A former Virginia Department of Motor Vehicles clerk was sentenced to serve one year in jail Thursday after pleading guilty to accepting $50 bribes.
In exchange for the bribes, Jamiel A. Hill added false commercial driver’s license endorsements to the existing licenses of five drivers in Prince George County and forged applications for those licenses.
Under terms of a plea agreement, the 30-year-old defendant pleaded guilty in Prince George Circuit Court to five felony counts each of accepting a bribe as a public official, forging a public record and attesting as true a forged public record while serving as a customer service representative at DMV. He worked at the DMV branch office at 4401 Crossings Blvd. in Prince George.
Judge W. Allan Sharrett accepted Hill’s pleas and, pursuant to the agreement, sentenced him to 80 years in prison with 79 years suspended. In exchange for his pleas, prosecutors withdrew 24 other charges involving eight other drivers.
According to a summary of evidence presented in court Thursday, an employee at the Hopewell customer service center for DMV received a call on the office’s fraud line that a DMV clerk was issuing commercial driver’s licenses for $1,500 without requiring the applicants to pass the requisite tests. The tipster provided the name of a customer who directly paid a DMV clerk for a license without taking the test.
DMV investigator Crystal Caldwell began to look into it and confirmed the customer in question did receive a commercial license that was issued by Hill. Caldwell found that DMV’s computer system showed that when a commercial license endorsement was added to the driver’s original license, it was done by waiver — meaning it appeared as though the driver already had a South Carolina commercial license and the driver surrendered that license when the Virginia commercial license was issued.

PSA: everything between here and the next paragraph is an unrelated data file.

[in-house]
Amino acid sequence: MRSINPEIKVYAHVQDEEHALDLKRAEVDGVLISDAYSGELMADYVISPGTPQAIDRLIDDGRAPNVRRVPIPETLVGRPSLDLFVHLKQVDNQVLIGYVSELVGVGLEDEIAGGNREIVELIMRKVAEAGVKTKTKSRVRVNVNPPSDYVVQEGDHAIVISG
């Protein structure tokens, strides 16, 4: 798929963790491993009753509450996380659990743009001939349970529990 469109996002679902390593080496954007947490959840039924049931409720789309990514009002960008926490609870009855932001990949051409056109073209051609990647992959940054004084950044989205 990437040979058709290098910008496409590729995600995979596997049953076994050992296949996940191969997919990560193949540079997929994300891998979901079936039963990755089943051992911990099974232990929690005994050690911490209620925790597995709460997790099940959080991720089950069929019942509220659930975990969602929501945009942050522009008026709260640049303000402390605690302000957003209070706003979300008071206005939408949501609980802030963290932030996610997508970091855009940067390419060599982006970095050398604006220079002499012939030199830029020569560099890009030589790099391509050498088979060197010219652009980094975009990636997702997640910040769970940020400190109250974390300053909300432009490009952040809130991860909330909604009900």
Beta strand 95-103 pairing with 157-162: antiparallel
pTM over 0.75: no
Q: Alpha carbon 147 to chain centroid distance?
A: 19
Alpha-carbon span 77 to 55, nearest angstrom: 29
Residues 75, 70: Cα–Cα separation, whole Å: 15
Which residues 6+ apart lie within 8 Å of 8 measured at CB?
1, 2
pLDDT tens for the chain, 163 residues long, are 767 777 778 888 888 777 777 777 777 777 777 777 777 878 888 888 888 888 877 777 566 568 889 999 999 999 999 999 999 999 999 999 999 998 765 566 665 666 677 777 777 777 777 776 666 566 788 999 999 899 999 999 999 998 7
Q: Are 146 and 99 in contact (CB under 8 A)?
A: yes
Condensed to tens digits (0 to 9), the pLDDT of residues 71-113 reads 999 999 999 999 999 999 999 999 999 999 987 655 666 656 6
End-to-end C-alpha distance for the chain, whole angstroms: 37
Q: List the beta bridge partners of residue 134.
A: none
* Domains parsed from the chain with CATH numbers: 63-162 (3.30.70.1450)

But the driver never had a South Carolina commercial license, Caldwell found.
At that point, the investigator obtained a list of, and then reviewed, each instance where Hill had waived the required commercial license test for an applicant. She uncovered 13 cases, but for purposes of Thursday’s plea agreement, the five cases to which Hill pleaded guilty were summarized in court.
Those drivers were issued commercial license endorsements on Nov. 21, 2017; Jan. 16, 2018 (two); Feb. 12, 2018; and March 8, 2018. In each case, a falsified DMV application for the commercial license was filled out by both Hill and the driver, signed by both, and passed from the driver to Hill, according to evidence.
In each case, the driver was assisted by Hill as a “direct admit,” which means Hill called or otherwise had the driver come to his window, thereby bypassing the DMV information desk, where customers are assigned a number for assistance upon arriving.
All the transactions were videotaped, and the footage shows Hill completing and passing the DMV applications to the drivers.
Caldwell then obtained screenshots from each of the transactions to determine the details of the commercial licenses Hill issued. With that information, Caldwell was able to obtain notices from various states that they had no record of those drivers previously obtaining commercial licenses, which Hill certified they had obtained to issue them Virginia commercial licenses.
Hill admitted in a March 29, 2018, interview with Caldwell that he was issuing the falsified commercial licenses in exchange for $50. Prosecutors noted that the fraudulently issued commercial licenses have since been revoked, and there is no record that any of those who received the falsified endorsements were employed as a commercial driver in Virginia or elsewhere.
Commonwealth’s Attorney Susan Fierro said the investigation is ongoing. For that reason, she declined to say how the drivers involved in the scheme had made arrangements with Hill to obtain falsified licenses.
Hill was a full-time DMV employee from Feb. 25, 2015, to March 30, 2018, an agency spokeswoman said.